Nuclear technology is also used for seafood safety, for example, to monitor biotoxins produced by microscopic algae, known as harmful algal blooms (HABs). Factors such as surface water temperature, the circulation of wind and water, the natural movement of nutrient rich waters towards the surface or the accumulation of agricultural run-off into the sea can trigger algal blooms, which can sometimes include toxic species. These toxins then enter the food chain and present a danger for people and threaten the livelihood of communities depending on fisheries.

This is where using nuclear techniques such as the receptor binding assay to track biotoxins from HABs is useful. Under an IAEA supported project, this technique will be utilized for the detection of toxins in seafood. This information will be very important for hazard preparedness and as early warning, Saif Uddin said.

IAEA

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Iran among five pioneers of nanotechnology

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Prioritizing nanotechnology in Iran has led to this country’s steady placement among the five pioneers of the nanotechnology field in recent years, and approximately 20 percent of all articles provided by Iranian researchers in 2020 are relative to this area of technology.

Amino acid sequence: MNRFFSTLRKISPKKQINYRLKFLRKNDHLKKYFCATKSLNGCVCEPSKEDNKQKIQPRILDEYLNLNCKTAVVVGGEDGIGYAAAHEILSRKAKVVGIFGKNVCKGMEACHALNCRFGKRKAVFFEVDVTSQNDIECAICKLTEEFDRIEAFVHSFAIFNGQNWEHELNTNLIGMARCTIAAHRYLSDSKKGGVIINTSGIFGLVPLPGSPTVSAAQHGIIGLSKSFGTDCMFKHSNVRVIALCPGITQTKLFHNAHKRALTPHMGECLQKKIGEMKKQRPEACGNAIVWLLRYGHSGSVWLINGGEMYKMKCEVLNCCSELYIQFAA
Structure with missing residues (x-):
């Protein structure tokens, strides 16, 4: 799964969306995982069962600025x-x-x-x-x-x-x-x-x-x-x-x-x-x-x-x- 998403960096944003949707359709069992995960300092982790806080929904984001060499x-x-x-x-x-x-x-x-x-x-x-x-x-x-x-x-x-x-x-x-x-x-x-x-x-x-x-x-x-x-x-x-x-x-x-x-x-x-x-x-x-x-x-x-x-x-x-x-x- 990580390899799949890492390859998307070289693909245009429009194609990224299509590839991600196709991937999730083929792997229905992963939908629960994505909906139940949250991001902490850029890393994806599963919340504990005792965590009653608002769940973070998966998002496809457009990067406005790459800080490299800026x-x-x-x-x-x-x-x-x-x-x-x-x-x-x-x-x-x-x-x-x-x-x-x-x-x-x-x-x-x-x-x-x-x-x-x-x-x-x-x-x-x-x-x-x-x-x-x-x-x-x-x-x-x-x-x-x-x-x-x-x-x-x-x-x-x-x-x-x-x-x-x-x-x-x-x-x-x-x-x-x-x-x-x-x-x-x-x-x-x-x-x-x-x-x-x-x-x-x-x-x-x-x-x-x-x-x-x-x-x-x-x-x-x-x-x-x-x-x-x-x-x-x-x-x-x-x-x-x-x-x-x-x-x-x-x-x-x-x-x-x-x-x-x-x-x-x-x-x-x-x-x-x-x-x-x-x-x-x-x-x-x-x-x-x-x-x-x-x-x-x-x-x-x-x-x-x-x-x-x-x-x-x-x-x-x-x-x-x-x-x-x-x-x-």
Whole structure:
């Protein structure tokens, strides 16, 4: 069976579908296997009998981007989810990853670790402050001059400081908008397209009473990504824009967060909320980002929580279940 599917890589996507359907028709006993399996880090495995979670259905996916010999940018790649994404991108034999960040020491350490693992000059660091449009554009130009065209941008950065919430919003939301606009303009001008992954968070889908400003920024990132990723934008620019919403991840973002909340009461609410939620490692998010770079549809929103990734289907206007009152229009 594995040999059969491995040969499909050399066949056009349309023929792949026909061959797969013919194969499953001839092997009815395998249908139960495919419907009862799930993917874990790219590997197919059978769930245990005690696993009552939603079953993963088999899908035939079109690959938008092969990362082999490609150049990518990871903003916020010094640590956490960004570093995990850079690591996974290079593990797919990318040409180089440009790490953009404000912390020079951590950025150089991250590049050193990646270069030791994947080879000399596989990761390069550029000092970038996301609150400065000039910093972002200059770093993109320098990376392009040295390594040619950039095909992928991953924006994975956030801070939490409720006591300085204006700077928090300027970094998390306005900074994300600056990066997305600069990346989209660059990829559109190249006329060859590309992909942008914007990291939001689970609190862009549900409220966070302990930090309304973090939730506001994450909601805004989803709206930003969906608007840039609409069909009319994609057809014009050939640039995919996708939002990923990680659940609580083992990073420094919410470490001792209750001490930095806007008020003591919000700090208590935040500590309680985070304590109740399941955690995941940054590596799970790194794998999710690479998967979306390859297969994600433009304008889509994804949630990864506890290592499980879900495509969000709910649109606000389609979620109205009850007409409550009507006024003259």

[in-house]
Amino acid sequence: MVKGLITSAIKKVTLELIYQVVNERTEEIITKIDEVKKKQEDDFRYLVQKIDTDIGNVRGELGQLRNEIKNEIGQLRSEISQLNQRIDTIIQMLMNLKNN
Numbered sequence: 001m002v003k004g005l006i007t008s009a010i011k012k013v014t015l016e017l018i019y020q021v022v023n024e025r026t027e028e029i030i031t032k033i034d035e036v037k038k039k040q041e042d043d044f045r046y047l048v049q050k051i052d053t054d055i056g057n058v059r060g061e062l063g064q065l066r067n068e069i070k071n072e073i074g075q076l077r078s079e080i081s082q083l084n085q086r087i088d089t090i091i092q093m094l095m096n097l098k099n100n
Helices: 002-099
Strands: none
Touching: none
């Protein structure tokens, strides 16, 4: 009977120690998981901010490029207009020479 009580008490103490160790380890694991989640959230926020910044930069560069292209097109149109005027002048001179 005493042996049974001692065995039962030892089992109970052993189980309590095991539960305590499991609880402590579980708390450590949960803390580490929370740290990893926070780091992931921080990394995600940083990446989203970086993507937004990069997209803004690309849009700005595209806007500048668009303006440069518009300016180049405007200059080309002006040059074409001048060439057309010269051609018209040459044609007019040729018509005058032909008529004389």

Iran has been introduced as the 4th leading country in the world in the field of nanotechnology, publishing 11,546 scientific articles in 2020.

The country held a 6 percent share of the world’s total nanotechnology articles, according to StatNano’s monthly evaluation accomplished in WoS databases.

There are 227 companies in Iran registered in the WoS databases, manufacturing 419 products, mainly in the fields of construction, textile, medicine, home appliances, automotive, and food.

According to the data, 31 Iranian universities and research centers published more than 50 nano-articles in the last year.